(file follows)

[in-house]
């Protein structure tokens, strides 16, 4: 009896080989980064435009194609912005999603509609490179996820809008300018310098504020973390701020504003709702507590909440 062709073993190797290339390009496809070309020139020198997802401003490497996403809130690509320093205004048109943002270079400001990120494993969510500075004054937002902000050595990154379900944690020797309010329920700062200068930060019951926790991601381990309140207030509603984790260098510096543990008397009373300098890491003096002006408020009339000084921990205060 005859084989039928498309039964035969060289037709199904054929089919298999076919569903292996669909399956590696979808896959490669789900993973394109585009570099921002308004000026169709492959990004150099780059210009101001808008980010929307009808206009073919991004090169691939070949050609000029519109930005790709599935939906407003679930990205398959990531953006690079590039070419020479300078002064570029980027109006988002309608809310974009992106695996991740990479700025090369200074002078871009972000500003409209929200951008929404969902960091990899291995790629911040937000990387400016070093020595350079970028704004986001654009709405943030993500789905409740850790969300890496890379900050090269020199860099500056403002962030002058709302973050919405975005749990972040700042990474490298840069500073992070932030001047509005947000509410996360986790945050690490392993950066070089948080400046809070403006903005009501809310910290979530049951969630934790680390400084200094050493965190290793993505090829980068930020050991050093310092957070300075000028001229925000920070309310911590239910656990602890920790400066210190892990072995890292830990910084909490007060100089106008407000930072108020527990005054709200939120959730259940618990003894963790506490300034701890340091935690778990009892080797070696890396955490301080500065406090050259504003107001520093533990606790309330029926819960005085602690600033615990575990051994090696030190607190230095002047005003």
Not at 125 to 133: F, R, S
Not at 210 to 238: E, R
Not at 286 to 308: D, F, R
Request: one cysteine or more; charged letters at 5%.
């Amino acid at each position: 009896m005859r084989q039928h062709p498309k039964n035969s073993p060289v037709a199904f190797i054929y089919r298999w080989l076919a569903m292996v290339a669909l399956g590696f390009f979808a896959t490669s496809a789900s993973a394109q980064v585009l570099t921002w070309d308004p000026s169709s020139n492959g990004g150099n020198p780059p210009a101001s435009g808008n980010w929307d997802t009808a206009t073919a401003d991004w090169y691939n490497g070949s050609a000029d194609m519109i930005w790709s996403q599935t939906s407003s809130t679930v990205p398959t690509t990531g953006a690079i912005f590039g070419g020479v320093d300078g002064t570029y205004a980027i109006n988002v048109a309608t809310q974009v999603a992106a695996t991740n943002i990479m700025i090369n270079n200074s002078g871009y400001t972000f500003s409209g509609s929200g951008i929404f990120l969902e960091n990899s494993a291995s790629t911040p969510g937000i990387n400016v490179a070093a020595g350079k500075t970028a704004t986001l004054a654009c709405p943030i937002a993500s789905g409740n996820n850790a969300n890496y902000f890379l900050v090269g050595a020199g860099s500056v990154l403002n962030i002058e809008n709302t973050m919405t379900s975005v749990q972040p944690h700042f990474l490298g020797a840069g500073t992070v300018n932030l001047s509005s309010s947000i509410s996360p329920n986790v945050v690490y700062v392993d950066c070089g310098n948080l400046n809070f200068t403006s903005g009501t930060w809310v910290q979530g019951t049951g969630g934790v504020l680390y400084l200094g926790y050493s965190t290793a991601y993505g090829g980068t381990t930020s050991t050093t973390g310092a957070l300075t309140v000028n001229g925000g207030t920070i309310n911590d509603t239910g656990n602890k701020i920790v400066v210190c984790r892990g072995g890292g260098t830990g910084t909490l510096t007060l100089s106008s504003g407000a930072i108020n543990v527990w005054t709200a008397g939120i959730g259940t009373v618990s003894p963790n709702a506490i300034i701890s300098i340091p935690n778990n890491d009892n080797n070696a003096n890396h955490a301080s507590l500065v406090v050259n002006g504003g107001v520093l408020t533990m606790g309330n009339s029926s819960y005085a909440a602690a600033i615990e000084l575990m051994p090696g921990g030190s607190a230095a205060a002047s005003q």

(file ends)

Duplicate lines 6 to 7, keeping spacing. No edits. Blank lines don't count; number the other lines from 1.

Request: one cysteine or more; charged letters at 5%.
């Amino acid at each position: 009896m005859r084989q039928h062709p498309k039964n035969s073993p060289v037709a199904f190797i054929y089919r298999w080989l076919a569903m292996v290339a669909l399956g590696f390009f979808a896959t490669s496809a789900s993973a394109q980064v585009l570099t921002w070309d308004p000026s169709s020139n492959g990004g150099n020198p780059p210009a101001s435009g808008n980010w929307d997802t009808a206009t073919a401003d991004w090169y691939n490497g070949s050609a000029d194609m519109i930005w790709s996403q599935t939906s407003s809130t679930v990205p398959t690509t990531g953006a690079i912005f590039g070419g020479v320093d300078g002064t570029y205004a980027i109006n988002v048109a309608t809310q974009v999603a992106a695996t991740n943002i990479m700025i090369n270079n200074s002078g871009y400001t972000f500003s409209g509609s929200g951008i929404f990120l969902e960091n990899s494993a291995s790629t911040p969510g937000i990387n400016v490179a070093a020595g350079k500075t970028a704004t986001l004054a654009c709405p943030i937002a993500s789905g409740n996820n850790a969300n890496y902000f890379l900050v090269g050595a020199g860099s500056v990154l403002n962030i002058e809008n709302t973050m919405t379900s975005v749990q972040p944690h700042f990474l490298g020797a840069g500073t992070v300018n932030l001047s509005s309010s947000i509410s996360p329920n986790v945050v690490y700062v392993d950066c070089g310098n948080l400046n809070f200068t403006s903005g009501t930060w809310v910290q979530g019951t049951g969630g934790v504020l680390y400084l200094g926790y050493s965190t290793a991601y993505g090829g980068t381990t930020s050991t050093t973390g310092a957070l300075t309140v000028n001229g925000g207030t920070i309310n911590d509603t239910g656990n602890k701020i920790v400066v210190c984790r892990g072995g890292g260098t830990g910084t909490l510096t007060l100089s106008s504003g407000a930072i108020n543990v527990w005054t709200a008397g939120i959730g259940t009373v618990s003894p963790n709702a506490i300034i701890s300098i340091p935690n778990n890491d009892n080797n070696a003096n890396h955490a301080s507590l500065v406090v050259n002006g504003g107001v520093l408020t533990m606790g309330n009339s029926s819960y005085a909440a602690a600033i615990e000084l575990m051994p090696g921990g030190s607190a230095a205060a002047s005003q």